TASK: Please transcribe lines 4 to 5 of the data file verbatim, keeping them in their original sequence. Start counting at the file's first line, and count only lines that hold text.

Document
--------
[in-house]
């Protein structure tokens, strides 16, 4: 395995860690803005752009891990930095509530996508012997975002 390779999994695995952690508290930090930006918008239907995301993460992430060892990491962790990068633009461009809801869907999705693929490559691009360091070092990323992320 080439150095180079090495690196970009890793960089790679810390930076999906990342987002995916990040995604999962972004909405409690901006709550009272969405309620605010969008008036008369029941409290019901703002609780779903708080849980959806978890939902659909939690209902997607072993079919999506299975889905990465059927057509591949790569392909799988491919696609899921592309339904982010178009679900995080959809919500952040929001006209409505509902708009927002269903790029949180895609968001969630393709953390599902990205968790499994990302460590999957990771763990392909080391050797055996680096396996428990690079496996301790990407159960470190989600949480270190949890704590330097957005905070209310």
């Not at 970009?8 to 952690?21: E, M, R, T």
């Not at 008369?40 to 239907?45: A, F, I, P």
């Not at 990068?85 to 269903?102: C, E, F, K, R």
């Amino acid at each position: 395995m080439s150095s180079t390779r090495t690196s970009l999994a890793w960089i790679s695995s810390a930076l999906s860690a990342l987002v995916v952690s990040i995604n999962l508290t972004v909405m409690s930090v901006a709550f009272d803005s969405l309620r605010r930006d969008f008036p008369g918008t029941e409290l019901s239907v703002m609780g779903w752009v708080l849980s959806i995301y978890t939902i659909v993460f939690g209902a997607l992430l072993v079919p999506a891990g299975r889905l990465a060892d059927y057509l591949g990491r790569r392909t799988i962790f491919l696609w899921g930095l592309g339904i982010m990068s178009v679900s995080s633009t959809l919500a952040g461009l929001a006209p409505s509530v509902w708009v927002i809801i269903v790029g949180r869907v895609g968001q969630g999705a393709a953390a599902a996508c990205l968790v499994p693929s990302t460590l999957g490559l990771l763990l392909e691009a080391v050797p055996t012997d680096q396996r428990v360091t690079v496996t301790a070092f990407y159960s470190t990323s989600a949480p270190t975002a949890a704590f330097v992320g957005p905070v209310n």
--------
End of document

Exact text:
């Not at 008369?40 to 239907?45: A, F, I, P």
């Not at 990068?85 to 269903?102: C, E, F, K, R």